ASP Lecture. “Mass Violence from the Balkans to Anatolia into the Caucasus, 1912-23."
In the process of Habsburg, Ottoman, and Russian imperial collapse, roughly in the decade 1912–23, millions of soldiers were killed in regular war hostilities. But hundreds of thousands of unarmed civilians were also victimized as a result of expulsions, pogroms, and other forms of persecution and mass violence. The Balkan Wars of 1912–13 erased the Ottoman Empire from the Balkans and marked a devastating blow to Ottoman political culture. The years 1915–16 saw the destruction of the Anatolian Armenians, organized by the Young Turk political elite and carried out by a host of forces. Lastly, the period 1917-23 is of great significance for the history of the Caucasus, both North and South, as it witnessed total war and massacres of civilians. Many studies of this kaleidoscope of violence have focused on the domestic roots and impacts of these processes. But might a transnational perspective offer a new understanding of their genesis, the scope of the events, and the scale of their implications? This lecture will approach these conflicts by developing a transnational perspective and exploring to what extent they were related to each other.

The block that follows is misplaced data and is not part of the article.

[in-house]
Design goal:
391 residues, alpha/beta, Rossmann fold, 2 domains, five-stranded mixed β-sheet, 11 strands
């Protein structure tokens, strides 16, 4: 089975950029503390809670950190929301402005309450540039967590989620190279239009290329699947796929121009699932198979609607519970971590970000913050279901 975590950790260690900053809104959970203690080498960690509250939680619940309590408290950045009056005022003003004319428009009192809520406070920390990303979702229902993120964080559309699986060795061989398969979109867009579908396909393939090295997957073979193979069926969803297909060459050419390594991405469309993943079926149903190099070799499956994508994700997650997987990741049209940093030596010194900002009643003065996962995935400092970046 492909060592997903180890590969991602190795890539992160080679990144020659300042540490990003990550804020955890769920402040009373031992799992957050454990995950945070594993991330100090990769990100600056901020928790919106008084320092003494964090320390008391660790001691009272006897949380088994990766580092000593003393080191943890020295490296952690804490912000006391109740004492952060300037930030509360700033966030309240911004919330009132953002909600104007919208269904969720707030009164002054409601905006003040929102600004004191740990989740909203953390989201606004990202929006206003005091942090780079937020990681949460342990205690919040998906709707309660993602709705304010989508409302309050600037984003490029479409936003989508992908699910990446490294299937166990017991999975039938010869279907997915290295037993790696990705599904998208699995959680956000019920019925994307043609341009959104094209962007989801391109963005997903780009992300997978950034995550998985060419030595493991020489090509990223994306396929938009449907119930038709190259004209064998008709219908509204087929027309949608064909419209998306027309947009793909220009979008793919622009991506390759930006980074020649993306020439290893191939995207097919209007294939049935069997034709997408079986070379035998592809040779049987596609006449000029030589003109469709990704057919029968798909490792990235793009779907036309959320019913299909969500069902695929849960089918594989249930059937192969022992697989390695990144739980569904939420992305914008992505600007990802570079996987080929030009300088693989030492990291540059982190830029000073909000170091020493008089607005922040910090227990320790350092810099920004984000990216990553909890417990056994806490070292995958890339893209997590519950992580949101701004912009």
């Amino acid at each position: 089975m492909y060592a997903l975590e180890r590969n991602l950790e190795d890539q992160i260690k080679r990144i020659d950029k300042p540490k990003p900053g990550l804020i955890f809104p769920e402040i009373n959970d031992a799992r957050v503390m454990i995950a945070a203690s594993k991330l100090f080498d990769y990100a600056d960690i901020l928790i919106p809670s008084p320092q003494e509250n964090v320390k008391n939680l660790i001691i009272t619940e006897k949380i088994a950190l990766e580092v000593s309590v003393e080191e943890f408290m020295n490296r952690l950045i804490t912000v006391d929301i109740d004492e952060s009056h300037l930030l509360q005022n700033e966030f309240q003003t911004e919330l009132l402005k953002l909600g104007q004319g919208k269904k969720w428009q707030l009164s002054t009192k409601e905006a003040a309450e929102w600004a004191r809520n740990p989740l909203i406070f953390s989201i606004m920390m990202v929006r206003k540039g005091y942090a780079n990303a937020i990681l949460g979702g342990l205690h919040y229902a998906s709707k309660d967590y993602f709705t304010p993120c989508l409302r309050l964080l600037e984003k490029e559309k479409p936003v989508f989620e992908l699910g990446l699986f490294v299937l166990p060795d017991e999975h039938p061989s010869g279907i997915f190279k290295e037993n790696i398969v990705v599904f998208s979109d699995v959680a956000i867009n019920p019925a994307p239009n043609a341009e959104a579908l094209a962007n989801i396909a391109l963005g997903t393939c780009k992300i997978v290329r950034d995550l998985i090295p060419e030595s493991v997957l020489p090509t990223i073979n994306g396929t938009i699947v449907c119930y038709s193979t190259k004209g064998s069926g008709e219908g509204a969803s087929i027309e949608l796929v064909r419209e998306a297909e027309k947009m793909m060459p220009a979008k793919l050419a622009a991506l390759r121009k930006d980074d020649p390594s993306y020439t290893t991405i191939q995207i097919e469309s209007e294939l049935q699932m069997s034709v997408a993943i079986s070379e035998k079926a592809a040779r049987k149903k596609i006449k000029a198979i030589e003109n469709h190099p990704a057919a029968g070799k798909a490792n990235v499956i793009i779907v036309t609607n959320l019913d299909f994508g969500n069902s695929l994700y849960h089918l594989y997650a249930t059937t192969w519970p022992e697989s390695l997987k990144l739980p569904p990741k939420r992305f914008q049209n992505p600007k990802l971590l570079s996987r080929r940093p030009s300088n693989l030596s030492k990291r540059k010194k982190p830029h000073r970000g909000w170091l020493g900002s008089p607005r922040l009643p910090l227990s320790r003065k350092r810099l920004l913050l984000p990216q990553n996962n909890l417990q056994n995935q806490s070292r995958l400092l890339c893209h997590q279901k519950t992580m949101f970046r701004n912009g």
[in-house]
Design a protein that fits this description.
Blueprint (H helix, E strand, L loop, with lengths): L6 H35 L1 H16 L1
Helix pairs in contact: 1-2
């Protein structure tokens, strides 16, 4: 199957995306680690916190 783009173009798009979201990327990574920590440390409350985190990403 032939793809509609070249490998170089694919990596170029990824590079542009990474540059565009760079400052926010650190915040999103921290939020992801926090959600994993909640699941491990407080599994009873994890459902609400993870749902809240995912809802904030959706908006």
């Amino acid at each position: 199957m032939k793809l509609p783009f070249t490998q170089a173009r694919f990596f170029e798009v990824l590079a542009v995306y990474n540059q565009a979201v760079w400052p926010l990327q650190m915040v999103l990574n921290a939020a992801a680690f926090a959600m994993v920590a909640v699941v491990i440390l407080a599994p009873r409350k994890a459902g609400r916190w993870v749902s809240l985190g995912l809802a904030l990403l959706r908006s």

Ugur Ümit Üngör (1980) gained his Ph.D. in 2009 (cum laude) at the University of Amsterdam. In 2008–09, he was lecturer in international history at the Department of History of the University of Sheffield, and in 2009–10, he was post-doctoral research fellow at the Centre for War Studies of University College Dublin. Currently he is assistant professor at the Department of History at Utrecht University and at the NIOD: Institute for War, Holocaust, and Genocide Studies in Amsterdam. His main area of interest is the historical sociology of mass violence, especially during the fragmentation and collapse of states. His most recent publications include Confiscation and Destruction: The Young Turk Seizure of Armenian Property (Continuum, 2011) and The Making of Modern Turkey: Nation and State in Eastern Anatolia, 1913-1950 (Oxford University Press, 2011). In 2013, the Royal Netherlands Academy of Arts and Sciences awarded him the Heineken Young Scientist Award for History.
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